Practice and Procedure


PUBLISHED November 12, 2003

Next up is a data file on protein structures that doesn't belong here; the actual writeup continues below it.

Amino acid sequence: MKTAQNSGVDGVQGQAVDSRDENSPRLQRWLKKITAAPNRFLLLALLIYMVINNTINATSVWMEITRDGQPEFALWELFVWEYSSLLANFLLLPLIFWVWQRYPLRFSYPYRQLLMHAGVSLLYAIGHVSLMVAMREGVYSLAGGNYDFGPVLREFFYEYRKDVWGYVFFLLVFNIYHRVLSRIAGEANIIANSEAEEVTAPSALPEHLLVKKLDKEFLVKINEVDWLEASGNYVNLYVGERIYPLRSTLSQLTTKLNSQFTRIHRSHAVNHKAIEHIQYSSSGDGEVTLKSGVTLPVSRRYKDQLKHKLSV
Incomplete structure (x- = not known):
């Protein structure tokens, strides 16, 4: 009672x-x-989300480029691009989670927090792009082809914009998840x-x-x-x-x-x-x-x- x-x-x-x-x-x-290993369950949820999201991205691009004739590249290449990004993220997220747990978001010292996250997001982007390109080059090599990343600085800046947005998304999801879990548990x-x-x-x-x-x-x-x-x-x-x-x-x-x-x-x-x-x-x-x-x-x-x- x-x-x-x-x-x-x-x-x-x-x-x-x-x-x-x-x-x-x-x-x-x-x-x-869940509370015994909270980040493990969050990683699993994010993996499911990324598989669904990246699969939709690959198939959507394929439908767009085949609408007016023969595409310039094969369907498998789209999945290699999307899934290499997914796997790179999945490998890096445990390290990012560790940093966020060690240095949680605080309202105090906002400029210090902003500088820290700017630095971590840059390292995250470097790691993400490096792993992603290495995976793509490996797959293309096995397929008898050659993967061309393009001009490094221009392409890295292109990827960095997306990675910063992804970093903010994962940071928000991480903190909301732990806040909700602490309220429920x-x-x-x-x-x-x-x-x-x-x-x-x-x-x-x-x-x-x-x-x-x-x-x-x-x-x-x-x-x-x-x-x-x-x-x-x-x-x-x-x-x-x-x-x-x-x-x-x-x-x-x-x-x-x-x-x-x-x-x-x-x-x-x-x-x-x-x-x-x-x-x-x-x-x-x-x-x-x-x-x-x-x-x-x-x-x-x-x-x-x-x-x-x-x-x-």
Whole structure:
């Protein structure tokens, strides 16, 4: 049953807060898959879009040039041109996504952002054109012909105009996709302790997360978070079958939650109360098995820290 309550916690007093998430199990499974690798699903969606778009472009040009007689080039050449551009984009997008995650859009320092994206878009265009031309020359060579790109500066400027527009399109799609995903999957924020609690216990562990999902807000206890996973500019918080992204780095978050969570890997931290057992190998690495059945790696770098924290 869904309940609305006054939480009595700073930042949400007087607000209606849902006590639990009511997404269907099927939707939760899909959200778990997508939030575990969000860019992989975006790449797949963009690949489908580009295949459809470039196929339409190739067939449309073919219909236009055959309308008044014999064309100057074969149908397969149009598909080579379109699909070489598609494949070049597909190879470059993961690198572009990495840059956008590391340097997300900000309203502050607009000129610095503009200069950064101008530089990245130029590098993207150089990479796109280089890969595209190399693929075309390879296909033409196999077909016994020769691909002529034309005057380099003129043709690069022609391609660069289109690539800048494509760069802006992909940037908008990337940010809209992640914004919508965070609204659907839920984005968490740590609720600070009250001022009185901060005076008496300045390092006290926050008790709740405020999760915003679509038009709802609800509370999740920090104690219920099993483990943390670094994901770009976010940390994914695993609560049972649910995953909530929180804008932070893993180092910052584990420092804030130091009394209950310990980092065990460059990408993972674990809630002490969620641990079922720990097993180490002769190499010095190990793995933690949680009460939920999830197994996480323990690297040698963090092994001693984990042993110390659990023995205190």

The first defendant's bicycle rickshaws were not hackney carriages within the meaning in s.4 Metropolitan Public Carriage Act 1869 but stage carriages, as passengers were charged separate and distinct fares for their respective places. The defendant's drivers had not solicited persons to hire the rickshaws as they had made no form of invitation to prospective clients.Appeal by way of case stated against the decision of District Judge Sawetz sitting at Tower Bridge Magistrates' Court on 13 February 2003 to, inter alia, dismiss charges against: (a) the defendant company ('B') of owning a tricycle rickshaw ('trishaw') that was plying for hire contrary to s.7 Metropolitan Public Carriage Act 1869; and (b) two of B's drivers of soliciting persons to hire a vehicle in breach of s.167 Criminal Justice and Public Order Act 1994. The charges were brought as a private prosecution by the claimant ('O') acting on behalf of the Licensed Taxi Drivers' Association. Section 7 of the 1869 Act only applied to hackney carriages. A hackney carriage was defined in s.4 of the 1869 Act as "any carriage...which plies for hire...and is neither a stage carriage...". A stage carriage was defined as any carriage..which plies for hire...and in which the passengers...are charged to pay...separate and distinct fares for their respective places". The district judge held that the trishaws were not hackney carriages because they were stage carriages as each passenger paid a separate and distinct fare. The judge also concluded on the evidence that the drivers had not been soliciting as they had done nothing to actively invite passengers but had merely responded to being hailed. On appeal O argued that: (i) the district judge had erred in concluding that she was not bound by R (On the applications of Lane) v Cambridge City Council (1999) RTR 182 where it was held that a trishaw was a hackney carriage within the meaning in the Town Police Clauses Act 1847; (ii) although the 1847 Act was only applicable outside London it was improbable that Parliament could have intended a different regime to apply in London to that outside it; (iii) the trishaws did not operate on a pre-determined route with stops or "stages" but were directed point to point by the passenger; (iv) moreover, the drivers admitted that they had been plying for hire and that was indistinguishable from soliciting; and (v) accordingly, the trishaws were hackney carriages and the drivers had been soliciting.HELD: (1) The district judge had been correct to hold that she was not bound by the decision in Lane (supra). Because the 1847 Act provided no definition of "stage coach" or "stage carriage" the court there had been free to reach its own view to hold that a trishaw was not a stage coach. However, the 1869 Act provided a different regime that, under s.4, did define "stage carriage". It was a deeming provision that caught all vehicles falling within its terms. The trishaws fell within those terms. To adopt the interpretation of O would involve re-writing the statute. Whilst that conclusion meant that trishaws did not require licences that was a consequence of a correct construction of the legislation. (2) Whether soliciting had taken place depended on the circumstances but something more than mere progress down the street was required. "Plying for hire" and "soliciting" were not coterminous. In the latter case some form of invitation to a client was needed. In this case the drivers had plied for hire but had made no form of invitation. Accordingly, they had not solicited within the meaning in the 1994 Act.Appeal dismissed.